If you’ve followed Russia at the World Hockey Championship over the past half-decade, you typically were quite familiar with the team’s goaltending situation.
Since 2015-16, seven goalies have played at least one game for Russia at the World Championship. While Andrei Vasilevsky and Sergei Bobrovsky are obvious answers to return any time they’re available, Vasili Koshechkin, Ilya Sorokin and Igor Shestyorkin had typically dominated the crease most years. Koshechkin didn’t join the team this year and the other two are over in North America now, so Russia elected to go with three fresh faces for 2021 in Riga.
That’s where Alexander Samonov comes in.
The 25-year-old has represented Russia in international play in the past, but never at the World Championship. Samonov won all six of his starts with Russia in Euro Hockey Tour action this season and was the obvious choice to get the No. 1 spot heading into the tournament.
“He has great experience in international games, he was preparing for the whole year and this is why we chose him (for Game 1),” coach Valeri Bragin said on Friday.
Samonov had a strong outing in his first contest, making 22 saves on 25 shots to be named the player of the game for Russia. Samonov was especially good on a couple of late opportunities for the Czechs, but he stood tall in his debut performance.
“He played a good game,” Bragin said. “He let in three goals, but he still did a good job.”
Not that anyone who has watched Samonov play should be surprised. He has an all-time record in the KHL of 34-18-7 with a .932 save percentage and a 2.00 goals-against average. Samsonov’s career SP is good for fourth among KHL goaltenders all-time, with current NHLers Pavel Francouz (COL) and Shesterkin (NYR) being the only ones ahead of him.
With the influx of high-quality goaltenders coming out of the KHL in recent years – namely Shesterkin, Sorokin, Ilya Samsonov and, soon, Yaroslav Askarov – the obvious question of whether or not he’s capable of being an NHLer someday definitely arises.
From talking to some Russian scouts, many believe Samonov can make the jump over to North America when his KHL contract ends with SKA St. Petersburg. It’s hard to play poorly on a team with that pedigree but Samonov has proven to be good everywhere he has played over the past few seasons, both in the KHL and WHL. He’ll be 26 once his contract ends. If so, he won’t need the extra development time that a younger goalie would need when coming over. Ideally, he’d be plug-and-play with whichever NHL team signs him.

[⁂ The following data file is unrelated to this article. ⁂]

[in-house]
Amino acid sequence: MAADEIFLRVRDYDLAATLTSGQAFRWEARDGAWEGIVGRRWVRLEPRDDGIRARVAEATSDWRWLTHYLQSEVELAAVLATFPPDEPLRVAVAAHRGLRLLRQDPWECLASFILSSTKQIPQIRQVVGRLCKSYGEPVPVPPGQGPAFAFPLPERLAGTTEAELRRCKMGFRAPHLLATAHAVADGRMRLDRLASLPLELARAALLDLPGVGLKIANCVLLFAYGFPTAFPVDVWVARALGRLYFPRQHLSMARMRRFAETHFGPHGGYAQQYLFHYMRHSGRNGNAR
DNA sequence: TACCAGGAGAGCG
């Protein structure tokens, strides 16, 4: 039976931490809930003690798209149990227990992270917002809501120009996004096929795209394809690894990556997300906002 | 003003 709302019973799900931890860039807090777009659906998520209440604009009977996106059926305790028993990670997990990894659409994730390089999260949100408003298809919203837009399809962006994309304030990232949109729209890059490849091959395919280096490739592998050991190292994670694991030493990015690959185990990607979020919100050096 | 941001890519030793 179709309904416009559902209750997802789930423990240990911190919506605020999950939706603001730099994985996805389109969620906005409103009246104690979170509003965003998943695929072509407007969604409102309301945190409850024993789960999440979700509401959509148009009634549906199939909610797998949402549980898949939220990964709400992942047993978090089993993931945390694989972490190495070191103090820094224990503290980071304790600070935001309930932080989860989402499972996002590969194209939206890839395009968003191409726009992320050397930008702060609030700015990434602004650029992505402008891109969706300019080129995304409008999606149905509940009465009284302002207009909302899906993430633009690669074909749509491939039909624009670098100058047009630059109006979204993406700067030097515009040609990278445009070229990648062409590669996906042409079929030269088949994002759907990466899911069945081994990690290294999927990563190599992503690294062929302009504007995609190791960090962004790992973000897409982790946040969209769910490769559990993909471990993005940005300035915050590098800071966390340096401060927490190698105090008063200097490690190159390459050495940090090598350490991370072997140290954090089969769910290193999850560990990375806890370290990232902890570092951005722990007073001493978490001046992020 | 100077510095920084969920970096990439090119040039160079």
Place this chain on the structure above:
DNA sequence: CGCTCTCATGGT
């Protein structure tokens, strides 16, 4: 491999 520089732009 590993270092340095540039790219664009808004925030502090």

Samonov isn’t a big goalie at 6-foot-0 and smaller goalies typically don’t have great success in the NHL. We’re not talking about a guy with starter potential: he’s someone you can hopefully rely on as a backup. Magnus Hellberg got the edge in starts in the post-season and Ska really likes him. Of course, he still has another year to bolster his profile, but Askarov is in the system, too. He’ll want as many starts as possible, so that could be enough to spark Samonov’s play.
The focus right now is on Samonov trying to take a Russian team that’s devoid of big star talent to a gold medal. He’ll be the starting goalie moving forward and is a key part of this group’s ability to contend in games. But when you have a tournament like this, you’re always looking for someone to become the next big European UFA, and when Samonov’s contract expires next spring, he could be someone NHL teams are targeting to help goalie depth.
A gold medal in a year with so much uncertainty, a gold medal could definitely go a long way in helping Samonov’s stock rise dramatically.